Ch 7 ppt

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The general journal is a permanent record
organized by account number. Posting is
the process of transferring information
from the journal to individual accounts in
the ledger. The trial balance is a proof that
total debits equal total credits in the ledger.
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Explain the purpose of the general ledger.
Describe the steps in the posting process.
Post general journal entries.
Prepare a trial balance.
Locate and correct trial balance errors.
Record correcting entries in the general journal.
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Section 7.1
The General Ledger
Key Terms
posting
general ledger
ledger account forms
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Setting Up the
General Ledger
Section 7.1
The General Ledger
Accounts used by a
business are kept on
separate pages or cards
in a book or file called a
ledger. It is important
for a number of
reasons:
This creates a record of the impact of
business transactions on each
account used by a business.
It also helps managers easily find the
current balance of a specific account.
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Setting Up the
General Ledger
Section 7.1
The General Ledger
Posting is the process
by which random
transactions become
organized in a manner
according to accounts.
posting
The process of
transferring information
from the journal to
individual general
ledger accounts.
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Setting Up the
General Ledger
Section 7.1
The General Ledger
The general ledger
provides up-to-date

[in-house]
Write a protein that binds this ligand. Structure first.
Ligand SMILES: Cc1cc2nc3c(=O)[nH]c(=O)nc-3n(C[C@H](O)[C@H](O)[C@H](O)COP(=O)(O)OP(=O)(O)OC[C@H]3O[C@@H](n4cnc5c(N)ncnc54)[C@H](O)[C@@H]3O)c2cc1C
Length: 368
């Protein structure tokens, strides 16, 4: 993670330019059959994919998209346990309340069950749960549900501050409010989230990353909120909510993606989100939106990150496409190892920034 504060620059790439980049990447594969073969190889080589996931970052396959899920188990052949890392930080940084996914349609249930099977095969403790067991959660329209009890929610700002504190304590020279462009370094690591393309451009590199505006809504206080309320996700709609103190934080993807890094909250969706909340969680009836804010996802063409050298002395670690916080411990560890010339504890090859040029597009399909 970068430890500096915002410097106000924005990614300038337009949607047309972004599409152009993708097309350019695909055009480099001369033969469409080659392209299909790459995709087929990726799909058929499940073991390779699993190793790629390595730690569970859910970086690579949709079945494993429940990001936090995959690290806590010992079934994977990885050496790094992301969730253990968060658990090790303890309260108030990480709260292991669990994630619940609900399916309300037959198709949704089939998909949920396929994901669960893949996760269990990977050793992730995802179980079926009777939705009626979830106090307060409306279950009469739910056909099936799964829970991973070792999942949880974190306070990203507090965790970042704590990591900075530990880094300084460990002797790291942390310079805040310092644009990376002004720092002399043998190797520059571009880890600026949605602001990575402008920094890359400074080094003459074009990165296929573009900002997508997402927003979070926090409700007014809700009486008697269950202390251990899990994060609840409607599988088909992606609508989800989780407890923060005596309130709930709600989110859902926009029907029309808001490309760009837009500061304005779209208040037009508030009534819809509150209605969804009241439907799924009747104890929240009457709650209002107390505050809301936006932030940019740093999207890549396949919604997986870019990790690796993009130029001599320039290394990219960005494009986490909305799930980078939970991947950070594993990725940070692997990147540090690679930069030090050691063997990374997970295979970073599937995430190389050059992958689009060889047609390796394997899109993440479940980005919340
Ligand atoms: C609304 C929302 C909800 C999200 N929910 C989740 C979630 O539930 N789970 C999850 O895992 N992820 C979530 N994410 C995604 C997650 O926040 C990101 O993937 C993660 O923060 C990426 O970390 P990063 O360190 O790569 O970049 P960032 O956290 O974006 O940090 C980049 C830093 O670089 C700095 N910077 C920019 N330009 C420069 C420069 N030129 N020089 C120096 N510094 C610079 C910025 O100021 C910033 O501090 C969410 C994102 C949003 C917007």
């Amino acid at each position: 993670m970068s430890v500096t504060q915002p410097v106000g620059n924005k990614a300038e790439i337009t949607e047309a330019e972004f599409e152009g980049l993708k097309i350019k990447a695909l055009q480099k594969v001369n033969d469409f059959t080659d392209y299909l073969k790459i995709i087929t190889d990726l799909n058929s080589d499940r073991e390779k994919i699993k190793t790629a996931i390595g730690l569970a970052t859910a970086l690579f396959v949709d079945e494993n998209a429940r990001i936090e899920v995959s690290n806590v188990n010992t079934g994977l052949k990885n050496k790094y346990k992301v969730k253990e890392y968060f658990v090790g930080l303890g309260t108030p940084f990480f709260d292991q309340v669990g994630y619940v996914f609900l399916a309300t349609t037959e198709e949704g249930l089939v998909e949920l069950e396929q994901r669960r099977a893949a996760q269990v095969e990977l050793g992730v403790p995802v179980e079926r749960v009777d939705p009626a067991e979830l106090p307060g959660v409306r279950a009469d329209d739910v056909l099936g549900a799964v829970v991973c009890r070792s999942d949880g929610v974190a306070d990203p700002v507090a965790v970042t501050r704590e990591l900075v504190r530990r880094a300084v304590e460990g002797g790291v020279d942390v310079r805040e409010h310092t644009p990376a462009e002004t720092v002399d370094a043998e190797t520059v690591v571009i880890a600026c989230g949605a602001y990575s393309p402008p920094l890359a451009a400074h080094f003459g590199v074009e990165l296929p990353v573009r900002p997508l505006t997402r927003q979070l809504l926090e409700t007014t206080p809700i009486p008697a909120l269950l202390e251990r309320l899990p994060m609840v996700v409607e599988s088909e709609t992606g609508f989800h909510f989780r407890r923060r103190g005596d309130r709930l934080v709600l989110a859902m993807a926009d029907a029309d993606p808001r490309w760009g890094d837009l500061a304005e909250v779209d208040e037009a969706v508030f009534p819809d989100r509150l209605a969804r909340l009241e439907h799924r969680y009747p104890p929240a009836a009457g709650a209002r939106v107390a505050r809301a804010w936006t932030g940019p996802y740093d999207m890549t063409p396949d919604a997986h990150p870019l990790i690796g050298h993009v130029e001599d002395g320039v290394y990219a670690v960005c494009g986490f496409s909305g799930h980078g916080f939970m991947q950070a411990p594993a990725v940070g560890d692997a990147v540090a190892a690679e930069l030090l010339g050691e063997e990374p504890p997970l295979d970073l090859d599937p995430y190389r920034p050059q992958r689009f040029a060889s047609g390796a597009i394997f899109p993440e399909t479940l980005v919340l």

balances for each
account, including
accounts payable and
receivable.
In a computerized system, electronic
files are still referred to as a ledger,
or the ledger accounts.
Managers use ledgers to obtain
summarized information.
general ledger
A permanent record organized by account number.
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Setting Up the
General Ledger
Section 7.1
The General Ledger
Ledger Account Forms
The forms are
defined by the
number of
columns into
which a dollar
amount goes.
Debit and credit
amounts are
posted from
journal entries
to the first two
amount
columns.
The new
account balance
is entered in
one of the last
two amount
columns.
The type of
account
determines
which balance
column to use.
ledger account forms
The accounting stationery used to record financial
information about specific accounts.
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Setting Up the
General Ledger
Section 7.1
The General Ledger
The Four-Column Ledger Account Form
See page 168
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The Fourth Step in the
Accounting Cycle: Posting
Section 7.2
The Posting Process
Posting shows the final impact on an account, which is why a ledger
is sometimes called a book of final entry.
Posting intervals are
determined by the size
of the business, and
whether the accounting
system is computerized
or manual.
The posting process
always remains the
same.
The process is always
performed from
left to right.
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The Fourth Step in the
Accounting Cycle: Posting
Section 7.2
The Posting Process
Six steps required for posting journal entries to a ledger:
1
Enter the date of the journal entry in the Date column.
2
The Description column is left blank, but can be used to write in the source document number.
3
Enter journal letter and page number in Post. Ref. column.
4
Enter the debit amount in the Debit column.
5
Compute the new account balance.
6
Enter the account number in the general journal Post. Ref. column.
7
Repeat steps 1–6 for the credit part of the journal entry.
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The Fourth Step in the
Accounting Cycle: Posting
Section 7.2
The Posting Process
See page 172
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General Ledger
Account Balances
Section 7.2
The Posting Process
A new account balance is
computed each time a
transaction is posted to
an account.
the amount posted is a debit,
ADD the amounts.
When the existing
account balance is a
debit, and
the amount posted is a credit,
SUBTRACT the amounts.
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General Ledger
Account Balances
Section 7.2
The Posting Process
A new account balance is
computed each time a
transaction is posted to
an account.
the amount posted is a debit,
SUBTRACT the amounts.
When the existing
account balance is a
credit, and
the amount posted is a credit,
ADD the amounts.
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General Ledger
Account Balances
Section 7.2